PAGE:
DNA Magazine - - STRAIGHT MATE -

DNA: You’ve been a news jour­nal­ist for over

20 years. What has been your most sig­nif­i­cant ca­reer high­light to date?

Paul Kennedy: Def­i­nitely writ­ing the book

Hell On The Way To Heaven, with Chrissie Fos­ter back in 2010. There’s no doubt that’s the most im­por­tant piece of jour­nal­ism that I’ve un­der­taken and I don’t ex­pect I’ll do any­thing more im­por­tant. The book was an ef­fort to help Chrissie and An­thony Fos­ter tell their story about child abuse in the Catholic Church. It put a spot­light on the way the Catholic Church cov­ered up crimes and sub­jected peo­ple to abuse. It’s about the in­jus­tices that the sur­vivors went through over many years. An­thony and Chris­tine’s story was one of the rea­sons the Royal Com­mis­sion an­nounced its in­ves­ti­ga­tion and I’m very proud of be­ing able to help.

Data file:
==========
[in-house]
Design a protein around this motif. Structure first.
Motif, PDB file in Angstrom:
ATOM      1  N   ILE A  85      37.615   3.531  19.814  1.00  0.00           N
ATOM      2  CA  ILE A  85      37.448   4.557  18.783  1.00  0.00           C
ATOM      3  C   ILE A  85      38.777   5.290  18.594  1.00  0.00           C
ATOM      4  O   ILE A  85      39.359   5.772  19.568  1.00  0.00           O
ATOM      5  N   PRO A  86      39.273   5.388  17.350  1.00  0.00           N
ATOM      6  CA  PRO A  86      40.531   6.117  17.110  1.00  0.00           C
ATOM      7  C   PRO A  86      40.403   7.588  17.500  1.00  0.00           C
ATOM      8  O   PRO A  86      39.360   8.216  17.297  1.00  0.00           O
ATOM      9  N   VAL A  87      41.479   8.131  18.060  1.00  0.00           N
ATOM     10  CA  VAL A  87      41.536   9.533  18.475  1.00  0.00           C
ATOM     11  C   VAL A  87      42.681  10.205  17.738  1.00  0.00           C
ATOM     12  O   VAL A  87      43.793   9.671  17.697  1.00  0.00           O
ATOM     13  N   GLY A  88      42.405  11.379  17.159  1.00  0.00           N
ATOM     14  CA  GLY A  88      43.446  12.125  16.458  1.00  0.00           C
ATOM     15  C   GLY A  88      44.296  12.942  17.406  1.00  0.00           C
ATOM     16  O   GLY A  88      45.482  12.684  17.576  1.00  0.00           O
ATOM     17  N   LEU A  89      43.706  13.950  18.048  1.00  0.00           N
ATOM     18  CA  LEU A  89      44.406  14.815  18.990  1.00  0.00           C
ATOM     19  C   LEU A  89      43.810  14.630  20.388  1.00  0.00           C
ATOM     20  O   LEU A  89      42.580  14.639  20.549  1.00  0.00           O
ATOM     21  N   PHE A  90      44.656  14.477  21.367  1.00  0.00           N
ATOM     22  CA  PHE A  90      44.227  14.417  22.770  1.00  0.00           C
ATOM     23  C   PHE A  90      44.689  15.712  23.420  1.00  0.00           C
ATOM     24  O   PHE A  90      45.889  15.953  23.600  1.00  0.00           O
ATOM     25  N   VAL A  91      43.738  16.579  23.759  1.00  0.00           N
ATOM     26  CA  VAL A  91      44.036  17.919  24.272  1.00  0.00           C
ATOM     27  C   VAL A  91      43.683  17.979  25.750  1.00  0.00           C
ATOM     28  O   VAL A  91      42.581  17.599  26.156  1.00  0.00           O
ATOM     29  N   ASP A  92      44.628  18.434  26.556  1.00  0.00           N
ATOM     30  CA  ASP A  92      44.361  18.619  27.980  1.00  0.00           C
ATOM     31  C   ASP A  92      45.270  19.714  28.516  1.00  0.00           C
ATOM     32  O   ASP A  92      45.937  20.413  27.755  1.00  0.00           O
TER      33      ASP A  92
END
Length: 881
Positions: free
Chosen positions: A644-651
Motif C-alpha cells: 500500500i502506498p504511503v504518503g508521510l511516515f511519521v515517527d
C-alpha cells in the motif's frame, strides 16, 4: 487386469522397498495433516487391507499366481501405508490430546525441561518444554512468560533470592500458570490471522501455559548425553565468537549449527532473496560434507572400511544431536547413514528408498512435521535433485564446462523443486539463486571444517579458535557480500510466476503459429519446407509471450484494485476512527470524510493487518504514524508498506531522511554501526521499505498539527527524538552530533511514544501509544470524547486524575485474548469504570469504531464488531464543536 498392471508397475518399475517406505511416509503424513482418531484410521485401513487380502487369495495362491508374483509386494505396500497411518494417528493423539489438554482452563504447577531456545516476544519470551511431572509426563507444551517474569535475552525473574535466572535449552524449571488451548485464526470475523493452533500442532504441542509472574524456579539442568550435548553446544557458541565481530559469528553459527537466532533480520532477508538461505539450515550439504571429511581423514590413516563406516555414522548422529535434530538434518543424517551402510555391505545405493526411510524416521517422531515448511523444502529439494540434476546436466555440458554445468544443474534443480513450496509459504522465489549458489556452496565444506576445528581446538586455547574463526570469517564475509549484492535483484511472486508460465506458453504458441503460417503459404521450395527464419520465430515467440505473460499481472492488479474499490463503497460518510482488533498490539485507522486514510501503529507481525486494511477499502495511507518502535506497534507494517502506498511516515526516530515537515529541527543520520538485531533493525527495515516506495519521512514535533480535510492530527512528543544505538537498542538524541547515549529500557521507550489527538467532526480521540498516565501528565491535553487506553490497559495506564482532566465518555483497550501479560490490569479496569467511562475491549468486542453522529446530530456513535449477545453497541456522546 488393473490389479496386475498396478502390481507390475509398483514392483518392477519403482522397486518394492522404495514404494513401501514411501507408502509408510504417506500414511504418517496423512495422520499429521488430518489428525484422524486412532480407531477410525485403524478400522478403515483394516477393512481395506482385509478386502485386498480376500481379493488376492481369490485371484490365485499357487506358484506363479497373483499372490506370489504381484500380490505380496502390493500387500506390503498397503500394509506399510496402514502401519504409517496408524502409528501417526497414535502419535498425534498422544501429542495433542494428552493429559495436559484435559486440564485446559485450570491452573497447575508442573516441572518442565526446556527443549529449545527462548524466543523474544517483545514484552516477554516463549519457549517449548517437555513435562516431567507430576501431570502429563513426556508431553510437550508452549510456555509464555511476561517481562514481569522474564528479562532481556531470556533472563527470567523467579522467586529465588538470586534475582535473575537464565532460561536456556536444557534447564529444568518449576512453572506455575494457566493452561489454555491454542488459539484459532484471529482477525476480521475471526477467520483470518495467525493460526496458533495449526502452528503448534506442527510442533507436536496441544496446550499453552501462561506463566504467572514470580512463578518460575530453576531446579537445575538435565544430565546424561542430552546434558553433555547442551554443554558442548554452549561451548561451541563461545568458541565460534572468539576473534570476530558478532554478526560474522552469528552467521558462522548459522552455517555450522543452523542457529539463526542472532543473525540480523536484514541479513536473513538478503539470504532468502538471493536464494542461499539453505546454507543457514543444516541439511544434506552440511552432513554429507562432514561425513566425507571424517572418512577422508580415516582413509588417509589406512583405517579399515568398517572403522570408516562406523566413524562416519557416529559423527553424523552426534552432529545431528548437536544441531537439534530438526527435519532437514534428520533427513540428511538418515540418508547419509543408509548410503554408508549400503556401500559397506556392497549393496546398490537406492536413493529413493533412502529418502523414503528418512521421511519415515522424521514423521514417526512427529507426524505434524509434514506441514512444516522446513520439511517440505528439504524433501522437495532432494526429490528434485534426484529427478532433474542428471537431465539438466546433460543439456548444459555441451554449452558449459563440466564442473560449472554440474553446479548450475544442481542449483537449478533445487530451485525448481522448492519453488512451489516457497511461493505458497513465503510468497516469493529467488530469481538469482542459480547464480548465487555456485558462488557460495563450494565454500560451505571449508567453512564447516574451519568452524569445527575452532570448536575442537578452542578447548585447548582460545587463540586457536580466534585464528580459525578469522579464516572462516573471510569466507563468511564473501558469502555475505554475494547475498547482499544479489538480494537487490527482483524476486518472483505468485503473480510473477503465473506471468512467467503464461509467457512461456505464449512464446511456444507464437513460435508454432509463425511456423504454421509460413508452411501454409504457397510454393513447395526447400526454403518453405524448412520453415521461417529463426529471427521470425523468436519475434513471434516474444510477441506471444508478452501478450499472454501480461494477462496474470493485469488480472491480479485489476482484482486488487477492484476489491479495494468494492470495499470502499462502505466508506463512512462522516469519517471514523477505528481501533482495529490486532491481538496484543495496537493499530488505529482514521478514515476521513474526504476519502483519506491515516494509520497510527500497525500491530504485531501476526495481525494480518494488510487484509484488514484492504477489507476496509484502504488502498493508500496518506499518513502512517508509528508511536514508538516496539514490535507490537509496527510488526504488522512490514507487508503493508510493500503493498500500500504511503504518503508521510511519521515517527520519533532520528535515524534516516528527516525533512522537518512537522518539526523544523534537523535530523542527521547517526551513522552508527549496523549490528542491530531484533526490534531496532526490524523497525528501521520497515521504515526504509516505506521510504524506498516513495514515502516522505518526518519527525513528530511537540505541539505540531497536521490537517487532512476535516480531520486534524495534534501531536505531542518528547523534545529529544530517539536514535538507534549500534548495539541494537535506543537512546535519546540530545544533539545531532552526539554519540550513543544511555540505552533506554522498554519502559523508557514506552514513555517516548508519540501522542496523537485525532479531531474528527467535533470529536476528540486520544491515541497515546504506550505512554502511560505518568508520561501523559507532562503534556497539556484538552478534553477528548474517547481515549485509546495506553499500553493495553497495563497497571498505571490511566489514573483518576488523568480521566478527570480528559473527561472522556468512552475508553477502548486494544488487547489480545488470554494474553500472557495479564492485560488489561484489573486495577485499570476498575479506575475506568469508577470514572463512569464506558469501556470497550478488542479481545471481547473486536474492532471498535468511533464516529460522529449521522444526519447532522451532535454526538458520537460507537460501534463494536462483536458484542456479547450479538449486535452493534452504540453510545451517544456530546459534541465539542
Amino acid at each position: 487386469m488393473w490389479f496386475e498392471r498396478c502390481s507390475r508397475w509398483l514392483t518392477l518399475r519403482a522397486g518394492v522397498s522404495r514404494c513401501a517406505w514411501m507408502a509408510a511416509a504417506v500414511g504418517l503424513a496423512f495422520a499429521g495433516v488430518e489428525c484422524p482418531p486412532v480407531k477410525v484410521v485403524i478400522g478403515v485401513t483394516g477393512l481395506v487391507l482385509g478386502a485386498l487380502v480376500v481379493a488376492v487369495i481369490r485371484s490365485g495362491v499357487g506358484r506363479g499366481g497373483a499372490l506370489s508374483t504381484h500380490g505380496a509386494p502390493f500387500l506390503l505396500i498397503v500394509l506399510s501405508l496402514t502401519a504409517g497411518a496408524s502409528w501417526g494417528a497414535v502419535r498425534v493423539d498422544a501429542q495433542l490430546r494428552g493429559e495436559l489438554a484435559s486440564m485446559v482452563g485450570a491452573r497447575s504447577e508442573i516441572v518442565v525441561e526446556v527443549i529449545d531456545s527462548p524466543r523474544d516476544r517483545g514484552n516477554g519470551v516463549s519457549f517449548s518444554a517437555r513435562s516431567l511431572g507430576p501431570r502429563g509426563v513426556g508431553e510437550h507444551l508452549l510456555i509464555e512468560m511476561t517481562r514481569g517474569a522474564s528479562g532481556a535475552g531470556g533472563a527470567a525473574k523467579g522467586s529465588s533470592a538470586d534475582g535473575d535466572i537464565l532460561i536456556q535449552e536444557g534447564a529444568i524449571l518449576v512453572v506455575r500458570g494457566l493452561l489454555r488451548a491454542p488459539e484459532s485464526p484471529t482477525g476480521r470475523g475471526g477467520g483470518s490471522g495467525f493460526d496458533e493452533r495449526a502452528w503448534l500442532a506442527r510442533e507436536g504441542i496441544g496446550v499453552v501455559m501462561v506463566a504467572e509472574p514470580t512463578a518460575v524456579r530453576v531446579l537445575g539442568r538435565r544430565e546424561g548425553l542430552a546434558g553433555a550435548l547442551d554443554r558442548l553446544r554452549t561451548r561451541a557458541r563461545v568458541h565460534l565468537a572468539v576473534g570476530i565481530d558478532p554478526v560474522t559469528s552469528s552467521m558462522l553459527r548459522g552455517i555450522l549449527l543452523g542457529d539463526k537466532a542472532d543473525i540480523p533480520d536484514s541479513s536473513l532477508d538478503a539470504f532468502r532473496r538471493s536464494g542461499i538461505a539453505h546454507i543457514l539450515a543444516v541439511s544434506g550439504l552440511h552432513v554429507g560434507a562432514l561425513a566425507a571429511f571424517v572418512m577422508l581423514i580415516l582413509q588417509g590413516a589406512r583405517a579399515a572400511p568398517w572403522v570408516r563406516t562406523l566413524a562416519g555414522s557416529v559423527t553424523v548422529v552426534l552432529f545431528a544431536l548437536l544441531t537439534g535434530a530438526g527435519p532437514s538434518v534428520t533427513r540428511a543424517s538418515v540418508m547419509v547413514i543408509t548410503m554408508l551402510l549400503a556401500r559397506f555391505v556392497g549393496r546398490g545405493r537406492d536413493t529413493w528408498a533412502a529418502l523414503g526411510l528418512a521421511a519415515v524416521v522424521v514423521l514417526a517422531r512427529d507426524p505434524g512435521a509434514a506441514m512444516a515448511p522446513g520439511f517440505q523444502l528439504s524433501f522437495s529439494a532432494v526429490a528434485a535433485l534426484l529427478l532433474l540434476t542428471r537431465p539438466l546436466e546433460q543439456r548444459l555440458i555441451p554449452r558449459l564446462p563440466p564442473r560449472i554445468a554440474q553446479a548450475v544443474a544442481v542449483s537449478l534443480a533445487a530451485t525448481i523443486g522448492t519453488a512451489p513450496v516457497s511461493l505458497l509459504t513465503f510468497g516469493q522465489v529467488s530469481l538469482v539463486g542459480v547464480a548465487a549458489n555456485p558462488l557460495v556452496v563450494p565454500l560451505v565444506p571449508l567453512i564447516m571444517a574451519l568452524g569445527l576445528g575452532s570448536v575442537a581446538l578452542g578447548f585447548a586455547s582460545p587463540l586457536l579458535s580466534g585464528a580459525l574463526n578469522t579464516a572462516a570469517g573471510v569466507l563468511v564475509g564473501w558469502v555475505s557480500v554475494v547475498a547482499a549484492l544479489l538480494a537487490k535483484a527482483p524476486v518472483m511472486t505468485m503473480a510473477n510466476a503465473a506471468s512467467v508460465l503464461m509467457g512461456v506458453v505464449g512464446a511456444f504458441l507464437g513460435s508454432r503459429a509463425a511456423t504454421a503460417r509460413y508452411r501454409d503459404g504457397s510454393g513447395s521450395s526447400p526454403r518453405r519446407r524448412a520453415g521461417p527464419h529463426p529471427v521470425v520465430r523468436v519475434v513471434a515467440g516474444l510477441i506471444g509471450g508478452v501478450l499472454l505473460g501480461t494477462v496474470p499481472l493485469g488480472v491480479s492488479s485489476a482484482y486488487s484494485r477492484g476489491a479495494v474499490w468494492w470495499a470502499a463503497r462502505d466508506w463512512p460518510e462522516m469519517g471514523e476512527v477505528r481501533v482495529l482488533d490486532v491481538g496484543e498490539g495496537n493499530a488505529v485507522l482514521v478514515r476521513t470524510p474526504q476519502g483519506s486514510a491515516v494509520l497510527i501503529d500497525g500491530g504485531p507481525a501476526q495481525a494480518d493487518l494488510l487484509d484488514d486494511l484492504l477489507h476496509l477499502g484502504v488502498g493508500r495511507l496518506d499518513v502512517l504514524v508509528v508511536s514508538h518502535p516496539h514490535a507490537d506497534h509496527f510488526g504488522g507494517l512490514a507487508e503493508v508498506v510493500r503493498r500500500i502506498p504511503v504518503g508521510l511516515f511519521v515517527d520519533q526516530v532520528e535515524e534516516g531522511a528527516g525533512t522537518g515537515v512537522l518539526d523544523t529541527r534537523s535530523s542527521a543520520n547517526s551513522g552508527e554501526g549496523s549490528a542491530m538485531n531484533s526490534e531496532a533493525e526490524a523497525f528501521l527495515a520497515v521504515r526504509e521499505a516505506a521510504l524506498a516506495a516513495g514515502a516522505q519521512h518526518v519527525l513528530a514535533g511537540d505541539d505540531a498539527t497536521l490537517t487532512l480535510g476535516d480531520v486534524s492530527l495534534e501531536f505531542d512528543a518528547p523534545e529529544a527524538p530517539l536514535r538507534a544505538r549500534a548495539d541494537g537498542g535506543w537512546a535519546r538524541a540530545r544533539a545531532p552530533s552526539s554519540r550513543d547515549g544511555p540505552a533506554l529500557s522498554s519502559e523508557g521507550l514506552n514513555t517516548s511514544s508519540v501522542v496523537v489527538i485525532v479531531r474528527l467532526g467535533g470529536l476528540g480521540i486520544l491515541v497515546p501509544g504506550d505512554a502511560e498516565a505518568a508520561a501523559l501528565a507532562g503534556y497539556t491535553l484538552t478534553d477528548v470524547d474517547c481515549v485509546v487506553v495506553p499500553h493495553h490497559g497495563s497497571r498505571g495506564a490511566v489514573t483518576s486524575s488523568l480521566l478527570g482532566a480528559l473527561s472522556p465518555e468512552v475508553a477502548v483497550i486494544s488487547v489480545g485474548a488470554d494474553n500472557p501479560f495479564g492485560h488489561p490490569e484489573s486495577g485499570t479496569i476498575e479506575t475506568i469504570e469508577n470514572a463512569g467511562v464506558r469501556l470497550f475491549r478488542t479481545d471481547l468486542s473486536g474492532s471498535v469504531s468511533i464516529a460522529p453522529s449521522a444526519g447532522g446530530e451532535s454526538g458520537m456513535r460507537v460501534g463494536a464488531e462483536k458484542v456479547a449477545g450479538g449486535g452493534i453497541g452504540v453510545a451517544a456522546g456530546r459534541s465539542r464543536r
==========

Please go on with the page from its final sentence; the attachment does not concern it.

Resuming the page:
What sparked your in­ter­est in that sub­ject?

It goes back to 1996 when I was a cadet journo work­ing for a news­pa­per in Oak­leigh, Vic­to­ria. I cov­ered a front-page story about a lo­cal pae­dophile priest who had been jailed, and the par­ents were strug­gling to find out who the vic­tims were, and what the church was do­ing to help. I met Chrissie Fos­ter then and about

12 years later I cov­ered her daugh­ter Emma’s fu­neral for Chan­nel Nine news. I stayed in con­tact with them, and I stayed with the story be­cause I needed to, and the Fos­ters needed me to. I’ve be­come an ad­vo­cate for sur­vivors and my aim is to help get jus­tice for those peo­ple.

You di­rected a film called Drug Game. Can you ex­plain what that was about?

I was a play­ing coach of a foot­ball team in Vic­to­ria and we had a lot of is­sues within our club, like other clubs, with drugs. So, we worked through that as a com­mu­nity and, at the end, the Mel­bourne In­ter­na­tional Film Fes­ti­val was hav­ing a com­pe­ti­tion for foot­ball-based short films. One of my mates was a cam­era­man and we had a lot of footage from our ef­forts, so I made a short film and it played to a packed cin­ema in Mel­bourne. When it comes to foot­ball, we still haven’t seen an AFL player come out. What do you think is hold­ing them back?